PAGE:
Herb of the Day for August 10th – LAVENDER

Lavender

Botanical Names

  • Family Labiatae
  • Lavandula officinalis syn. Lavandula angustifolia

Common Names

  • Garden Lavender, French Lavender, True Lavender, Aljucema (Spanish)

Cautions

Avoid high doses during pregnancy as it is a uterine stimulant.

Lavender contains limonene which can cause photosensitivity, especially when perfumes and cosmetics are used containing lavender oil.

Full-strength lavender oil should not be applied directly to the skin, but should be diluted in a carrier, or neutral, oil.

Description

Native to France and the western Mediterranean, it is now cultivated worldwide for its volatile oil. It is grown as a garden plant as far north as Norway. Lavender is a perennial shrub, growing to about three feet, producing spikes of violet-blue flowers that extend above the foliage. Some varieties have flowers of pale pink, dark purple, white, or magenta and are harvested toward the end of flowering season when the petals have begun to fade. They are generally picked by the end of July to obtain maximum strength in its essential oils, with sixty pounds of flowers yielding about sixteen fluid ounces of oil.

History

One of the most popular medicinal herbs since ancient times, its name is derived from the Latin lavare, meaning to wash. The Greeks and Romans were fond of it in their bath water.

Since ancient times, the oil has been used to kill lice and fleas and as an embalming fluid.

In Arab medicine, it was used as an expectorant and antispasmodic

In European folk medicine, it was regarded as a useful wound herb and a worm remedy for children.

It became popular as a medicine during the late Middle Ages and taken to the New World by Pilgrims in 1620.

As a strewing herb, lavender was popularly used to mask the smells of households and streets.

The glovers of Grasse used the oil to scent their fashionable leather and were remarkably free of the plague. This encouraged others to use the herb to ward off the pestilence.

The medical properties of lavender have been noted in the earliest English herbals and in the British Pharmacopoeia for about 250 years.

Key Actions

  • antiseptic
  • antidepressant
  • antibacterial
  • antibacterial
  • analgesic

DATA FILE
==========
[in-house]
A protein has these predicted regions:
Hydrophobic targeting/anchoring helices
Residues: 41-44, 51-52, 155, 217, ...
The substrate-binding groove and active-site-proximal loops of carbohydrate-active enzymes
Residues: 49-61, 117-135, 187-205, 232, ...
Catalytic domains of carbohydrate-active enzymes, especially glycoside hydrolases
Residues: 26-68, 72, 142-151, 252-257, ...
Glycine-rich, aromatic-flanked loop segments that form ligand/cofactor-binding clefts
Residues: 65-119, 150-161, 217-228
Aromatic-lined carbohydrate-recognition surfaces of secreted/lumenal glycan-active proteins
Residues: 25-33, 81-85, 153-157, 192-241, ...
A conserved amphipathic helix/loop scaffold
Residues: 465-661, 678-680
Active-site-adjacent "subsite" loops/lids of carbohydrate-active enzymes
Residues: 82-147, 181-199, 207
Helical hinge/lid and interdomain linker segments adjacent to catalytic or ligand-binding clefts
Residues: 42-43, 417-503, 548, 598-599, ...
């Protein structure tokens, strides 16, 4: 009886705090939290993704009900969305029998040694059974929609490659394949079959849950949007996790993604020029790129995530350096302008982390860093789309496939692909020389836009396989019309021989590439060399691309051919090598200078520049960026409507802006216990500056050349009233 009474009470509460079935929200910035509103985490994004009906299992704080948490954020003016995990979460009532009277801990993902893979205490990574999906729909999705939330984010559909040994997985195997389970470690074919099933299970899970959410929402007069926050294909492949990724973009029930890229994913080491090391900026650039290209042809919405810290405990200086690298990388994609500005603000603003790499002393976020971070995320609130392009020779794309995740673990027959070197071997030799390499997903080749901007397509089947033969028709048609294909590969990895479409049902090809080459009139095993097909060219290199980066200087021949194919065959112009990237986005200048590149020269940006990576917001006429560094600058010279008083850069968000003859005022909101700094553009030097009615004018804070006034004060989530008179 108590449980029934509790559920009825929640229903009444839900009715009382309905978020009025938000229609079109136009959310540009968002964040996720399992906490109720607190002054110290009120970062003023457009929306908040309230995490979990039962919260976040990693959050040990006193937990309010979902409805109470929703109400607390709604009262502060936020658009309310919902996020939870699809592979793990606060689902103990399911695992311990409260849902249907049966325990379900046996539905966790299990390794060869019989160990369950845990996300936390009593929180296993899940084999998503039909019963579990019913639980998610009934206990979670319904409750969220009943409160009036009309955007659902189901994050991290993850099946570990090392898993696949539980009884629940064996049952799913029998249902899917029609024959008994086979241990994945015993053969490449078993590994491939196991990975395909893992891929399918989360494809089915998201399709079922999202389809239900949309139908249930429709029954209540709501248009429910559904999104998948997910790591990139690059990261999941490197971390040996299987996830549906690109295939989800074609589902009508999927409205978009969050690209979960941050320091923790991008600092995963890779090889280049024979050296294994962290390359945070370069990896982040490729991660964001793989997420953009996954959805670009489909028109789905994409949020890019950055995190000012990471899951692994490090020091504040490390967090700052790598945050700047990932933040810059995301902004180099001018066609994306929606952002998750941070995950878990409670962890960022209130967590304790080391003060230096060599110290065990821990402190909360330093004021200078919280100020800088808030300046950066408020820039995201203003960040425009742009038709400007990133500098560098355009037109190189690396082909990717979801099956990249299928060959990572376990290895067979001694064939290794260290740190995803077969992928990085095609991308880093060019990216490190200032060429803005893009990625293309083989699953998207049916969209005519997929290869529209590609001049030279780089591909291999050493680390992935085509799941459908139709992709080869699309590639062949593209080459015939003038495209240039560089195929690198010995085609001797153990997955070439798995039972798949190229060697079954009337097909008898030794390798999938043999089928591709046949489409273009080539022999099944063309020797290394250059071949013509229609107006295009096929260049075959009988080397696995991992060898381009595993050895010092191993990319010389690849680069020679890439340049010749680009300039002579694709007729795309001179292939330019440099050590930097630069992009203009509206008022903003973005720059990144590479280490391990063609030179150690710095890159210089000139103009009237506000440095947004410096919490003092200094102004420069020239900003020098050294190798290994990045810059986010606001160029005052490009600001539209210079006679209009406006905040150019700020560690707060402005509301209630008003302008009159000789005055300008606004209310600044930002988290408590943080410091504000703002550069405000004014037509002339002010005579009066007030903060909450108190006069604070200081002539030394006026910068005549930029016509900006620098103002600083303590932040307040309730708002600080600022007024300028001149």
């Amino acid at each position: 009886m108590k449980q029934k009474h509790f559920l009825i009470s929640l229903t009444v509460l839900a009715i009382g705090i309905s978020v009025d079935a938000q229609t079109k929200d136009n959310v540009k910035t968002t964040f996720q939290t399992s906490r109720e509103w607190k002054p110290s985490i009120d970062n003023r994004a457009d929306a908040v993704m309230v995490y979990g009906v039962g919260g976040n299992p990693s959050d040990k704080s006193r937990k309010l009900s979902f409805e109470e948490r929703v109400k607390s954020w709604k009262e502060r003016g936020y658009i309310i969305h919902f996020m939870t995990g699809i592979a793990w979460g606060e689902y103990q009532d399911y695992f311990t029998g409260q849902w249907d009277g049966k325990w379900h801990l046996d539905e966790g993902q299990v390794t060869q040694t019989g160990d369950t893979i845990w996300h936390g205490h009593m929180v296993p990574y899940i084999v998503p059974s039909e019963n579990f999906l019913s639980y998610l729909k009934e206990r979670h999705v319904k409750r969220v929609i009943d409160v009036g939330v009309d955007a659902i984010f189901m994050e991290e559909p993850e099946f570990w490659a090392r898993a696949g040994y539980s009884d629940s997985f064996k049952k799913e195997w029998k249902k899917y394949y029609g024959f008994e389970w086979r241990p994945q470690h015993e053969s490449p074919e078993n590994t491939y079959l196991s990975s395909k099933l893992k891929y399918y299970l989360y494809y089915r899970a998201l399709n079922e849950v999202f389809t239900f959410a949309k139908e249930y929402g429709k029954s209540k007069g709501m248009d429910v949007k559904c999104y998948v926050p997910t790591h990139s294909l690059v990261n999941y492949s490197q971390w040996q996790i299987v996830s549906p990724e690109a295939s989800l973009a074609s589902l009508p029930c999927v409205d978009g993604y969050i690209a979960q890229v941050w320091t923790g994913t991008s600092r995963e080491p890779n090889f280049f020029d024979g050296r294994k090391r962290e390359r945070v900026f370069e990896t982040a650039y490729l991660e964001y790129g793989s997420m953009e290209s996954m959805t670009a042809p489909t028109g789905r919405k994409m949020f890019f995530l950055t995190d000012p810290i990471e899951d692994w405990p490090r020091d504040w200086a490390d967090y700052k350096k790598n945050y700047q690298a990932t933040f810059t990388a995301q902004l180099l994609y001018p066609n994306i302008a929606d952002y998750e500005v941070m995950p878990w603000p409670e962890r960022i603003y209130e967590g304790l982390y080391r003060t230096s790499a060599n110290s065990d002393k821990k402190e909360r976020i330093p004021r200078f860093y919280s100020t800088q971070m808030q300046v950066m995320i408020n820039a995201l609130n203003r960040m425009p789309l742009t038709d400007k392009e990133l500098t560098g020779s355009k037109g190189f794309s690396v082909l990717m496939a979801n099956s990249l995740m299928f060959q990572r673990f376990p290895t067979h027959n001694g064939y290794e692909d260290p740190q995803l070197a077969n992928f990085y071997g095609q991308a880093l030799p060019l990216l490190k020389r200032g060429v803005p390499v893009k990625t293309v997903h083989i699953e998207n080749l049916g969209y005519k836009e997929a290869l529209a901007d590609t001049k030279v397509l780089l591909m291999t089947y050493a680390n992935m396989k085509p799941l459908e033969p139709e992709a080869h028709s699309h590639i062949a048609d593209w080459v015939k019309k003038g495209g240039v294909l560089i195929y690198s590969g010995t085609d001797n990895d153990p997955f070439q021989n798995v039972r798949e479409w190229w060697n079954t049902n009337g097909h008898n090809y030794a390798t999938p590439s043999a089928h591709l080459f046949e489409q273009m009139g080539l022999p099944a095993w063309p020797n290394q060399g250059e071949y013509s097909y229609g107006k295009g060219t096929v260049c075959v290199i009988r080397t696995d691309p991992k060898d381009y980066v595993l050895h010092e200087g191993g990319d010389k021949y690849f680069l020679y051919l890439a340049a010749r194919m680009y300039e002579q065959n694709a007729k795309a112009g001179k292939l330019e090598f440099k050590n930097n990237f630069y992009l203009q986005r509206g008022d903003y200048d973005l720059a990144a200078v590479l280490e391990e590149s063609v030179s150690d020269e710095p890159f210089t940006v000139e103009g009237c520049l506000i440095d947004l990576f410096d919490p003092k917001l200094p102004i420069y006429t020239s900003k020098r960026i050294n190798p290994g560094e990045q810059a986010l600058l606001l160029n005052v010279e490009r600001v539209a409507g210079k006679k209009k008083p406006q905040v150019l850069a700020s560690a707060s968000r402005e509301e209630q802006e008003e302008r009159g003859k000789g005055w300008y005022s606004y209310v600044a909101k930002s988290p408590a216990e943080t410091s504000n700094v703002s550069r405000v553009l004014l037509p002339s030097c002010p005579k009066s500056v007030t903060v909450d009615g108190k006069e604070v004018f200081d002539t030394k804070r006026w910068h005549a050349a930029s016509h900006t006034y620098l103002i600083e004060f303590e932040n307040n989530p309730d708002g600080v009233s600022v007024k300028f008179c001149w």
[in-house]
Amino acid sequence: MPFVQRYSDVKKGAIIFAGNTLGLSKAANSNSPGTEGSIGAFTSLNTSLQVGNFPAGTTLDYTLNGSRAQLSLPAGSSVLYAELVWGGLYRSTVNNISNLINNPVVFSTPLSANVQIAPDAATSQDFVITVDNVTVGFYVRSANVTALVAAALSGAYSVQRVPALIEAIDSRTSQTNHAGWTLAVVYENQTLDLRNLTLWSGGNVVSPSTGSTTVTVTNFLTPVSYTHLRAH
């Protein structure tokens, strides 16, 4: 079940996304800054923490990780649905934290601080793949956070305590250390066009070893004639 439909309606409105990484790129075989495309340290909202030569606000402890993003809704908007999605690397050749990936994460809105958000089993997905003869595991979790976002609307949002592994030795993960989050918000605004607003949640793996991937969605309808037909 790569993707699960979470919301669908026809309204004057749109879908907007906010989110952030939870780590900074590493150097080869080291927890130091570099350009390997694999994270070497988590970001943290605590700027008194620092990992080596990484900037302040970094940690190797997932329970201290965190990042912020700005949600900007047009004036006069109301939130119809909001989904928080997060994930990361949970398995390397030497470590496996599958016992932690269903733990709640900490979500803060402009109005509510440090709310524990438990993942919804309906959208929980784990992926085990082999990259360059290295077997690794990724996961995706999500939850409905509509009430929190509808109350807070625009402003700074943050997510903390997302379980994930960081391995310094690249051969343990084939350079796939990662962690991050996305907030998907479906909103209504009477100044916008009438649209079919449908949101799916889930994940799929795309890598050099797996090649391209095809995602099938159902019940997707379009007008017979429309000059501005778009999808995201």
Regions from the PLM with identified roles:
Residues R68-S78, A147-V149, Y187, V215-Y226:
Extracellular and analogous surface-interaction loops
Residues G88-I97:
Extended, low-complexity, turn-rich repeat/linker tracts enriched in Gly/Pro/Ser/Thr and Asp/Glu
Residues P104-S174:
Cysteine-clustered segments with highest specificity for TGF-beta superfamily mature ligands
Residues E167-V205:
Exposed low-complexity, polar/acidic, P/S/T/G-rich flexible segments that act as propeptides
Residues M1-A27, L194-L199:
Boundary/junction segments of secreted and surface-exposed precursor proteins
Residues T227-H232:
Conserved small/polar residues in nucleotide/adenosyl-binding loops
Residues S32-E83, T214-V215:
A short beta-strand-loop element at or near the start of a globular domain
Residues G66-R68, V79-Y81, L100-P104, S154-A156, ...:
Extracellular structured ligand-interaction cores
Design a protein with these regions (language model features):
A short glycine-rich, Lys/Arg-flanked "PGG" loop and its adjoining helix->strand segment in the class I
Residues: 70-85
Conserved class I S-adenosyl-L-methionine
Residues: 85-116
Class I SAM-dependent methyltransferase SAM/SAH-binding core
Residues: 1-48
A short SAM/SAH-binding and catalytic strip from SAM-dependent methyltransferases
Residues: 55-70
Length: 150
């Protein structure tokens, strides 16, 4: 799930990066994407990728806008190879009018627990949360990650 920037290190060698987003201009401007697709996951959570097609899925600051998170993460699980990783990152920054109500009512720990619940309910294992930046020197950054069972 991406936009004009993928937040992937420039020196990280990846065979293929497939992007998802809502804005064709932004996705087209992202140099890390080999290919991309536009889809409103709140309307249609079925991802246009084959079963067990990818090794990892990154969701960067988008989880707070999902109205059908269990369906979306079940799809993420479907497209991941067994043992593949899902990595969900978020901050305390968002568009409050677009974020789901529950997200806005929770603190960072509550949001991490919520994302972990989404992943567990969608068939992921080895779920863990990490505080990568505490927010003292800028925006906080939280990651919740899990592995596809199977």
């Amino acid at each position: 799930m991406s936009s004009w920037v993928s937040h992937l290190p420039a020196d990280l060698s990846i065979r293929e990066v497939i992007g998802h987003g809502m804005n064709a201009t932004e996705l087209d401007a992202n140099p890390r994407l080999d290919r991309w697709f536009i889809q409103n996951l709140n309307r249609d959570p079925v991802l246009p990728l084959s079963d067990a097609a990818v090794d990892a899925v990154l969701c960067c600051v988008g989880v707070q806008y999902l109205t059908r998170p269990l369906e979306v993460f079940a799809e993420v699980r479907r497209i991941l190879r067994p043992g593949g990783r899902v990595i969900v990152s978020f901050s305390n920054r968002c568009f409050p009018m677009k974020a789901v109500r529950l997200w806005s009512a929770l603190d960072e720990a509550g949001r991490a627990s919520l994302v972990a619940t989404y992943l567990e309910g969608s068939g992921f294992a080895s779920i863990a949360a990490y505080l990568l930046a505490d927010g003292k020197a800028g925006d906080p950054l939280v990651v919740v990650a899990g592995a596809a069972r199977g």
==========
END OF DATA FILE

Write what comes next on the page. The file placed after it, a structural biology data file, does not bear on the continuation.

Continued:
• antispasmodic
  • circulatory stimulant
  • carminative
  • nervous system tonic
  • promotes bile flow
  • relaxant

Key Components

  • volatile oil (up to 3% of over 40 constituents including linalyl acetate [30-60%], cineole [10%], linalool [20-50%], nerol, borneol and others)
  • coumarins (including umbelliferone and herniarin)
  • tannins
  • caffeic acid derivatives (including rosmaric acid)
  • flavonoids
  • triterpenoids

Medicinal Parts

Flowers, essential oil

Linalyl ester is the major component of bergamot and is also responsible for the aroma and medicinal qualities of the plant.

Tannins have antibacterial properties that are useful in treating minor skin wounds.

A small British study found that lavender was more effective than a pharmaceutical sleep drug in helping nursing home patients obtain a more restful sleep.

Remedies

An infusion from the flowers is taken for nervous exhaustion, tension headaches, during labour, for colic, and for indigestion. A weak infusion (25% normal strength) is given to babies for colic, irritability, and excitement.

A tincture from the flowers is taken for headaches and depression.

Traditional Uses

Lavender is well-known for its soothing and calming effect; and, when combined with other sedative herbs, relieves insomnia, irritability, headaches, migraines, and depression. Medicinally, lavender has many uses, especially in aromatherapy, and is used by midwives, massage therapists, and some hospitals.

Its significant amounts of volatile oil soothes indigestion and colic, relieving gas and bloating.

It is also used to treat asthma and, through its relaxing effects, is especially effective when excessive nervousness is the trigger.

The essential oil is strongly antiseptic and a valuable first aid remedy helpful in treating minor burns, wounds, and sores. It is also effective on insect stings as it relieves the pain and inflammation.

The dried flowers are often hung in rooms to perfume the air and repel moths and other insects.

When placed near or inside a pillow, dried lavender helps promote a restful sleep. A few drops in the bathwater can relieve tension and mild depression, while promoting sleep.

Added to cool bathwater, it becomes an energizing stimulant.

Drops of lavender oil are sometimes added to water and used as an astringent for cleaning the face and treating acne.

In Mexico, lavender is used in a tea to treat indigestion, and burned in a type of aromatherapy. Smudge sticks are made from bundles of the plant and burned to fumigate sick rooms. New mothers are purified with it after childbirth.

In Spain and Portugal, L. stoechas is used as an antiseptic wash for wounds, ulcers, and sores; but its oil is inferior to that of L. officinalis. Although L. spica (Spike lavender) yields more oil than L. officinalis, it is also of an inferior quality.

The English and French varieties are especially prized for their essential oils, which are used in perfumes, cosmetics, skin care products, and air fresheners.

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